The current parish church is modern in church architecture terms, only dating from 1848. It was built to replace the now ruined Old St Mary’s which is situated above the village to the north-east of the current building.
The church consists of a nave with a small chancel, a south aisle and porch with a west tower. When built, the church had a clerestory but when woodworm struck in the 1960's this was removed when the roof was replaced with the current roof.
The south aisle has three windows, two to the east of the porch and one to the west.
The eastern and western windows are of three lights whilst the middle window has two lights.
All of the windows have cinquefoiled lights with modern tracery in the perpendicular style above.
The south porch has lancet windows in square heads to the east and west with the main outer door being in a two centred arch below a carved spandrel.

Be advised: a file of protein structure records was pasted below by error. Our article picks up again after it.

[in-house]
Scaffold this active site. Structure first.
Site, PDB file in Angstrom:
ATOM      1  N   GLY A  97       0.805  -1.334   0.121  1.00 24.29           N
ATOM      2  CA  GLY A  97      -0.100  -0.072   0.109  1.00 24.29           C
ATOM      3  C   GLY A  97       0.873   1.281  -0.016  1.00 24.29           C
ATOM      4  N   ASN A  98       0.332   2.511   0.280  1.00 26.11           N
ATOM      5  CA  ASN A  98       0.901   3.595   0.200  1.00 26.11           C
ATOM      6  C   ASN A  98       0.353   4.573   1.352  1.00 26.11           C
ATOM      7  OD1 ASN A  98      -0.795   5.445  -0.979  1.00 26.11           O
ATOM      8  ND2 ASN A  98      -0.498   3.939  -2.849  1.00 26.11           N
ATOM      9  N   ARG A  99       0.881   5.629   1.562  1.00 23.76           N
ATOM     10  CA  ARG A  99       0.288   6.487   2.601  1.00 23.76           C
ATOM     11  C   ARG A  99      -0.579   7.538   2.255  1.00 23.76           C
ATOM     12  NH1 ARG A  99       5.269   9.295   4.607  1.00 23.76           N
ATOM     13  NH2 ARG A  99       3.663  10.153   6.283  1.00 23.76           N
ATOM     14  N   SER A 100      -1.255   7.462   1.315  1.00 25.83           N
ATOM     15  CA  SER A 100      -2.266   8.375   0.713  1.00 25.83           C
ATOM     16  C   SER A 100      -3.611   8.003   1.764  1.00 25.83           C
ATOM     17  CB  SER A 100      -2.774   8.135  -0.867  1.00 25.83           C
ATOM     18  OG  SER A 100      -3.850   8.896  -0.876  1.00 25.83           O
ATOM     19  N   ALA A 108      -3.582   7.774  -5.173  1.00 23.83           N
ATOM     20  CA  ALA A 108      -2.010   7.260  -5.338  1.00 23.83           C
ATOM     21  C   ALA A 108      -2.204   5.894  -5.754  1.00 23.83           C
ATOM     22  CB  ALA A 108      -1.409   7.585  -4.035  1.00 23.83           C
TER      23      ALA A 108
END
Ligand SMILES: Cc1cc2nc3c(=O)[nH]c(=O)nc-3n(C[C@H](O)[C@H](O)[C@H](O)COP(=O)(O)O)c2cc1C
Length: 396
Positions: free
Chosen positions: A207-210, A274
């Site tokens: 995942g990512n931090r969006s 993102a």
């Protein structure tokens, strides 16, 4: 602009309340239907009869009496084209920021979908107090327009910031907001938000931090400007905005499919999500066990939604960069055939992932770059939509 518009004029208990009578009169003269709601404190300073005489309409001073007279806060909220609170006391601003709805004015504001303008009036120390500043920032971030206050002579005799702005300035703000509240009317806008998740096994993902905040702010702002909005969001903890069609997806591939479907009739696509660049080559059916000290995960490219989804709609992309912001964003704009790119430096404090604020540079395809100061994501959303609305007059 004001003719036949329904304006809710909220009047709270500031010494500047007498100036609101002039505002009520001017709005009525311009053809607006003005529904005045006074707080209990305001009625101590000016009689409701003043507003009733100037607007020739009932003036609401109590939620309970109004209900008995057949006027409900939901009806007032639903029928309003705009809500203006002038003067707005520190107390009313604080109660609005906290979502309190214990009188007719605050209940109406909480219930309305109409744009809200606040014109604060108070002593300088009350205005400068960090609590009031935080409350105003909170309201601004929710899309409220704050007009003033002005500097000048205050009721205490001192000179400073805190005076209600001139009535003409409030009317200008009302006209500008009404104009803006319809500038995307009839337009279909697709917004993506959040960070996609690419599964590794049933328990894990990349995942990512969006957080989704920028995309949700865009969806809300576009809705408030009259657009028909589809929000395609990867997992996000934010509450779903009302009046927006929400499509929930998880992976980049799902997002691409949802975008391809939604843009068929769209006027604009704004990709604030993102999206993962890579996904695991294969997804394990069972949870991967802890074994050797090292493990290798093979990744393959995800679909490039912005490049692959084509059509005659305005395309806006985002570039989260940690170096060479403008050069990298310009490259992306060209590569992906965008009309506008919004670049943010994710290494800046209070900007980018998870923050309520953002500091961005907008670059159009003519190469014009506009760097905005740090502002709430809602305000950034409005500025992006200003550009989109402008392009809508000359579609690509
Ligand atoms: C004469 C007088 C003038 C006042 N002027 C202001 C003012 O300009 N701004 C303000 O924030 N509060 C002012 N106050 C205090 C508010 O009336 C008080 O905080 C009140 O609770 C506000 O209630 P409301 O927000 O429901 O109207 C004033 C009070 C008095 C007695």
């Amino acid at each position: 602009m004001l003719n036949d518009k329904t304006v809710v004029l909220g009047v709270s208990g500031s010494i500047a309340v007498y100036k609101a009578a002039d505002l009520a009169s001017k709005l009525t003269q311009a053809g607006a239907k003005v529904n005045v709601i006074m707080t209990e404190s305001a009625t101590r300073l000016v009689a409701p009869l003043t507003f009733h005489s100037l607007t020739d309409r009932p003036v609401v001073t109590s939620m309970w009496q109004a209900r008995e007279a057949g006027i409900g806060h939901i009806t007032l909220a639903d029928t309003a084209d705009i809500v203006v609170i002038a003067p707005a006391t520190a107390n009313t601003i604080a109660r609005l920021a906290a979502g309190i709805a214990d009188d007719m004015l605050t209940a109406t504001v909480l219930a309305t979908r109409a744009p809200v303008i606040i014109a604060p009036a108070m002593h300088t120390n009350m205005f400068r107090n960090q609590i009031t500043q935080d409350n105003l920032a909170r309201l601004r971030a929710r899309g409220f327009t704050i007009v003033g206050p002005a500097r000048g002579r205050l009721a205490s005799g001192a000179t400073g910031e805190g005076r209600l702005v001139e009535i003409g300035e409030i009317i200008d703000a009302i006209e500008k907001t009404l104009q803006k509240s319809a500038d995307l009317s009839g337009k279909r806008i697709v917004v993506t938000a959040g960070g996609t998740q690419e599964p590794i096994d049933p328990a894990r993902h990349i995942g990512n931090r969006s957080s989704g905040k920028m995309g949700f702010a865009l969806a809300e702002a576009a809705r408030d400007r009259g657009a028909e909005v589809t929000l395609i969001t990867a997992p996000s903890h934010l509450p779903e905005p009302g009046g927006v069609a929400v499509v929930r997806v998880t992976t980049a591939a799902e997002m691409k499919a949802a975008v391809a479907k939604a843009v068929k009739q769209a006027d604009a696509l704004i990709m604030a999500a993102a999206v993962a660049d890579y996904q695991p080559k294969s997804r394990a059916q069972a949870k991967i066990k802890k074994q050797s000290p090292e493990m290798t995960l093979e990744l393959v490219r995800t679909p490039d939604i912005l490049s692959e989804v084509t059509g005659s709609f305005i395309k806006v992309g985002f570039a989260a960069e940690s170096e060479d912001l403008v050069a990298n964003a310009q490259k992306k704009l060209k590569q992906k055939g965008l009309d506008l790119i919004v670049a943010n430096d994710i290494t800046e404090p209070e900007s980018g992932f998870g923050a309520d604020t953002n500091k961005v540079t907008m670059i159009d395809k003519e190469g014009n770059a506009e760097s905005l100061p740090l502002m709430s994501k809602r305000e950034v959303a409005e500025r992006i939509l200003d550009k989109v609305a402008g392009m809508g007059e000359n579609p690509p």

Two figureheads adorn the corbels.
The tower is in three stages with an octagonal stair turret in the south-east corner accessed from outside.
The lower level has single light cinquefoiled square headed windows on both south and north sides.
The south facing clock is in a carved surround with the year of the clock's installation, 1984, shown as the quarters of the hour.
The west door is blocked and above is a three light cinquefoiled window with modern perpendicular tracery above.
The belfry openings are two light cinquefoiled openings under a square head with carved corbels.
The north aisle has four windows, similar in style to those on the south.
There are three-light windows to the east and west with two two-light windows between. None of the north facing windows have corbels.
The cramped east end of the church holds a four-light cinquefoiled window with perpendicular tracery above. The window has modern stained glass. To the south of the truncated chancel is a priest's door.
Inside, the south aisle chapel screen is made from timbers from the Old St Mary and the font is also from that building.